COVID-19 is messing up career plans and companies are not meeting our needs

Lessons learned from the early months of the pandemic have the potential to create inspiring workplaces going forward

To add to workplace woes about the state of 2020, a recent survey has uncovered workers' gripes about how workers felt about safety, psychological security, and job security, and how the pandemic has affected their career plans.

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In June 2020, Lowell, MA-based Workforce Institute at Kronos Incorporated and workplace intelligence surveyed 3,903 employees and business leaders in Australia, Canada, China, France, Germany, India, Mexico, Netherlands, New Zealand, the UK, and the US.

It wanted to discover how they felt about their employer's initial COVID-19 response and explores the top needs and concerns of the workforce through 2021.

The survey questions explored leadership and employee attitudes around trust in the workplace, digital transformation and crisis response/management.

The "Hindsight 2020: COVID Concerns into 2021" survey found that only one in five (20%) felt that their organization met their needs during the initial months of the COVID-19 pandemic.

Work does seem to have increased. Half of the employees globally say they have been working either the same or more hours regularly since the start of the pandemic, which helps to explain why over two in five (43%) call their organization's ability to balance workloads to prevent fatigue and burnout a priority.

Burnout and fatigue are equally concerning for employees working remotely (43%) and those in a physical workplace (43%).

Overall, three in five (59%) employees and business leaders say their organization has taken at least some measures to guard against burnout, though, overall, 29% of employees wish organizations would act with more empathy.

Over a third of employees and business leaders (36%) are concerned about future layoffs and furloughs due to economic instability created by COVID-19. Workers are most concerned in China (44%), followed by Mexico (41%), Canada (40%), and the U.S. (37%).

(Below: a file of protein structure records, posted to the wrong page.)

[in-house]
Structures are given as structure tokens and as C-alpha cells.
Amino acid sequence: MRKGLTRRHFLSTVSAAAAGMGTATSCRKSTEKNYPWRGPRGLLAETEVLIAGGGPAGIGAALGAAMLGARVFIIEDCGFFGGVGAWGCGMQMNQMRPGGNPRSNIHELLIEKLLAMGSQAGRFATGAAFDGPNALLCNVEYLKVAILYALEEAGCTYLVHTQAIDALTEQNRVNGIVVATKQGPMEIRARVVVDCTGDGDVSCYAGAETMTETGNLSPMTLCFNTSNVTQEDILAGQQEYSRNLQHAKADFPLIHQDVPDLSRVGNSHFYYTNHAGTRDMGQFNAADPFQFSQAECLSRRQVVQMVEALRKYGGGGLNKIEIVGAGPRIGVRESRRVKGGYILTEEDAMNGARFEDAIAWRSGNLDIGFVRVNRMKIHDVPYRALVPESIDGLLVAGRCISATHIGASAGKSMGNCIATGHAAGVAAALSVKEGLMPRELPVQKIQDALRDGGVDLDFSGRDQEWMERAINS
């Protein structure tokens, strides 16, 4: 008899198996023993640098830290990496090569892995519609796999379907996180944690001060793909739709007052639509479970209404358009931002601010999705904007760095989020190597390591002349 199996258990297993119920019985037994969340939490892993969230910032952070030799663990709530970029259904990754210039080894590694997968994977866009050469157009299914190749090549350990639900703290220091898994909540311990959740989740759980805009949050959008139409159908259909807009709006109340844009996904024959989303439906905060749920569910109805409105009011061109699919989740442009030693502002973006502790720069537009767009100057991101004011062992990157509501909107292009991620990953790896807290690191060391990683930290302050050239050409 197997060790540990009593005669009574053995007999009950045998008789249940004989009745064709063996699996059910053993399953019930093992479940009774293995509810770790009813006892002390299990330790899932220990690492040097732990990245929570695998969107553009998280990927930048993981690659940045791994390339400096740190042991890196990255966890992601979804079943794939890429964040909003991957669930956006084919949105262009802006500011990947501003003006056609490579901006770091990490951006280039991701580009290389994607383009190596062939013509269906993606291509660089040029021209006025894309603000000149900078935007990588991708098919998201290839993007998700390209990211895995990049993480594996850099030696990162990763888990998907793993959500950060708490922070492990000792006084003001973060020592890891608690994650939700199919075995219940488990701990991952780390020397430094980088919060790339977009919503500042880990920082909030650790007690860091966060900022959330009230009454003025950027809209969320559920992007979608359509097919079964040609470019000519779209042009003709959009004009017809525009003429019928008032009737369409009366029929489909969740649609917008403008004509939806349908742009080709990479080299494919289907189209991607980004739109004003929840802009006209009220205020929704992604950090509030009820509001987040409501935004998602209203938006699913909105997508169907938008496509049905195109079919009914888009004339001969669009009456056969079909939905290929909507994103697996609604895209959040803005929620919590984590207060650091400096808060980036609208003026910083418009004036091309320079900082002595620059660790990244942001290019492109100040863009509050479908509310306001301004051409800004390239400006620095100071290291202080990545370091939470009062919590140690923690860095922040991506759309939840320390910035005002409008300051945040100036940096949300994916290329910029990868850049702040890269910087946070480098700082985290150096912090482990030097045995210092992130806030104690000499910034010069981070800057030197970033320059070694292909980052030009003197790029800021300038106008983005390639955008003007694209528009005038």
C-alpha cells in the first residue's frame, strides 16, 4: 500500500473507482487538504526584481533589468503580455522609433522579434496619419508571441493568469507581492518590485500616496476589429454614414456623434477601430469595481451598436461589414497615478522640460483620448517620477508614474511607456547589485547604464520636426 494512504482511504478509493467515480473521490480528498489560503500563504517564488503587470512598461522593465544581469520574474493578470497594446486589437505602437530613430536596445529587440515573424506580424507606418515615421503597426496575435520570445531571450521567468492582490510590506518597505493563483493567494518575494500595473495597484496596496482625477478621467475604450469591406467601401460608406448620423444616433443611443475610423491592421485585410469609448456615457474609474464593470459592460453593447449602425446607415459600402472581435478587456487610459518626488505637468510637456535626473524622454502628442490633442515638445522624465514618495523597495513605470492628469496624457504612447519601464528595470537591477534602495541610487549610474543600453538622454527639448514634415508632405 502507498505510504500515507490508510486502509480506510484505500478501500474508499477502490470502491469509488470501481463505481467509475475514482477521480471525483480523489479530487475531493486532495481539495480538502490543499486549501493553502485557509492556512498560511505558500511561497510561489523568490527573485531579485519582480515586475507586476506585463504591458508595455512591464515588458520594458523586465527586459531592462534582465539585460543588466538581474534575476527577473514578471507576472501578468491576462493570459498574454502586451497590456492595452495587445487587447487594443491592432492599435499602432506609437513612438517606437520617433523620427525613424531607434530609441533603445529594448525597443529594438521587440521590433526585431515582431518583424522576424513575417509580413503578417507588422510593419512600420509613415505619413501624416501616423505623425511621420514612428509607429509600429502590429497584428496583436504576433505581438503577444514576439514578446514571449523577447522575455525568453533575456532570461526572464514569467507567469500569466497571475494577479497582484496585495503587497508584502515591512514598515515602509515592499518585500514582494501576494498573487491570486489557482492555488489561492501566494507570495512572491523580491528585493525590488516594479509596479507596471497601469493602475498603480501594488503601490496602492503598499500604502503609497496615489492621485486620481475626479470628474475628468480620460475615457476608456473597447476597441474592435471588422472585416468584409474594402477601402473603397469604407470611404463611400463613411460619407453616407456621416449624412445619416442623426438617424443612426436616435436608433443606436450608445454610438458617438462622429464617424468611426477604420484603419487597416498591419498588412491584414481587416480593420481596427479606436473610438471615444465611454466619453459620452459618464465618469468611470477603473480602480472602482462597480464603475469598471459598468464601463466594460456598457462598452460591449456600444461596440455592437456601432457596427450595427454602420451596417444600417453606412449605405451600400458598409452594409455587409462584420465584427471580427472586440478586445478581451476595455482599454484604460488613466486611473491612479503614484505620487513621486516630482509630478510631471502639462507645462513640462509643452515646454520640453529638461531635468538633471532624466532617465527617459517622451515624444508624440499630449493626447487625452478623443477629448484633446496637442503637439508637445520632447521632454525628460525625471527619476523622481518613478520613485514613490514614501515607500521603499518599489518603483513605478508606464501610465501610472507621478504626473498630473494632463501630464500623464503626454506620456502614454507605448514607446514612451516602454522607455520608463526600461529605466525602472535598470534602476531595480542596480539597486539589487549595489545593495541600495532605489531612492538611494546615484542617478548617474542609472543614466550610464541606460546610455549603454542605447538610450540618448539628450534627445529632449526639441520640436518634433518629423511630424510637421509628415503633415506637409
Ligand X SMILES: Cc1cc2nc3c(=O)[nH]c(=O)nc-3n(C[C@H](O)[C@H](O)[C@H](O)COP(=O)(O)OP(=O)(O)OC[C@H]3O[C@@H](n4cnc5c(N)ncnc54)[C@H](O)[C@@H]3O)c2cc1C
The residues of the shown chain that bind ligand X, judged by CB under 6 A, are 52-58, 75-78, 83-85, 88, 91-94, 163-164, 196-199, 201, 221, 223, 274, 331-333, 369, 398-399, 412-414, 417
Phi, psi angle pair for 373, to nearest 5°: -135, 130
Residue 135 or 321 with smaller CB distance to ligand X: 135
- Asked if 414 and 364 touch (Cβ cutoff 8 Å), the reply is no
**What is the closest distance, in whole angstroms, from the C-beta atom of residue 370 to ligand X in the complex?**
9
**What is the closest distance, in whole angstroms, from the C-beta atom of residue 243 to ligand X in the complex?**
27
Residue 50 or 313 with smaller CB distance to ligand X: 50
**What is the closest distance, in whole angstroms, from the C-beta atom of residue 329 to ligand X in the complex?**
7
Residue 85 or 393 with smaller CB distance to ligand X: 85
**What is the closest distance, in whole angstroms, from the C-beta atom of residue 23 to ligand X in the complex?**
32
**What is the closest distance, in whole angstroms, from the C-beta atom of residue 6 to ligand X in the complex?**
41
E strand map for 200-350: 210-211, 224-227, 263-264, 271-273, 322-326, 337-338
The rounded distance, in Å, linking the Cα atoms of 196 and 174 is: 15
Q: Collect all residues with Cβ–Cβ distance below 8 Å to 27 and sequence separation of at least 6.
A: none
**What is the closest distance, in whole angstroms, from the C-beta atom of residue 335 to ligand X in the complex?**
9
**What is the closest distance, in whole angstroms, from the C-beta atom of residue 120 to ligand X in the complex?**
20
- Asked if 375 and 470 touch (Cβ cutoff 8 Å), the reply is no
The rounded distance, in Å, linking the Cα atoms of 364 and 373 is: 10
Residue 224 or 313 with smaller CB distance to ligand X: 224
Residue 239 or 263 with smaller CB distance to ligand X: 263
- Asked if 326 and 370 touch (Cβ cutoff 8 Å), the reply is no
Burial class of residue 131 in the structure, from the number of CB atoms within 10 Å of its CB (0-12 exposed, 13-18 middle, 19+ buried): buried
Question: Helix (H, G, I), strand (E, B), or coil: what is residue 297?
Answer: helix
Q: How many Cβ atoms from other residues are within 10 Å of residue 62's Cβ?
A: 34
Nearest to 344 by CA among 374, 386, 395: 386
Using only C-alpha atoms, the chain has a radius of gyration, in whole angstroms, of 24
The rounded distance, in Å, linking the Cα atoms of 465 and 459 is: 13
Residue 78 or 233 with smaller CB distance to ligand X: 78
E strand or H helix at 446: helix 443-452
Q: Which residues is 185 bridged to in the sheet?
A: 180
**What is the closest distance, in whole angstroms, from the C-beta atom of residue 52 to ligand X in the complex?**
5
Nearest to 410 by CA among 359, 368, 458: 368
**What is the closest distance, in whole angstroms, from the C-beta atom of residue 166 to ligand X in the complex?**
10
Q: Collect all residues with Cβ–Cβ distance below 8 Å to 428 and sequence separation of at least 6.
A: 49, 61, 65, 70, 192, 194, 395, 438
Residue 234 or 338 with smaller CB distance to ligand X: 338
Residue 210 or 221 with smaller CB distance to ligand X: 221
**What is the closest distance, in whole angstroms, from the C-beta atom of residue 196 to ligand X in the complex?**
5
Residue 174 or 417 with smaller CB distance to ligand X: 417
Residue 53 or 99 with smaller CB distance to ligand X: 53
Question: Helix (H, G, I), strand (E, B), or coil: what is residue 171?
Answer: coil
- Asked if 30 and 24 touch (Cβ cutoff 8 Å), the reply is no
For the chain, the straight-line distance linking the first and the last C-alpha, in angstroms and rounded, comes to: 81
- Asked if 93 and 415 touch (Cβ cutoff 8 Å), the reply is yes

These concerns about job security span all generations: Gen Z and young Millennials (35%), older Millennials (37%), Gen Xers (36%), and Boomers (34%) are all equally worried.

Even though older workers are considered a higher risk population for COVID-19, the younger the respondent, the more concerned they are with rapid notifications in the workplace.

This is the biggest concern for more than half of Gen Zers and younger Millennials (51%), and then decreasing by generation from older Millennials (45%), to Gen Xers (44%), and then Boomers (42%).

Three in 10 employees and business leaders wished their organization better-leveraged technology to provide flexibility, especially when the pandemic was at its most chaotic. This is especially true for those with families (34%), though this technology-focused wish exposes a generational divide between youngest workers (31%) to Boomers (19%).

However, it is not all doom and gloom. A third of employees globally (33%) say they trust their employer more now than before the pandemic began because of how organizations reacted.

For individual employees, working from home seems to have put their career aspirations on hold – or has at least made it rather difficult for them to network their way to another job.

San Francisco, CA-based anonymous professional network Blind surveyed 1625 respondents to find how the pandemic is affecting their career plans.

It discovered that three out of four (74%) of surveyed professionals state that they have not been able to network internally since work from home began. Four out of five (82%) of Apple professionals say they have not been able to network internally since WFH, and nine out of ten (89%) of Adobe professionals and 92% of Uber professionals say they have not been able to network internally since WFH

Over half (53%) of surveyed professionals state that their career progression has been negatively impacted since WFH began. Professionals at Google (69%), Intuit (77%) and VMware (70%) believe their career progression has been negatively impacted the most

To better manage the threat of COVID moving forward, workers are hoping that employers act faster, communicate more regularly and with transparency, create a safer office environment, and leverage technology better.

But workers who want to move jobs had better find some inventive, online way to make those connections to get their next role - as COVID-19 does not seem to be going away for the forseeable future.

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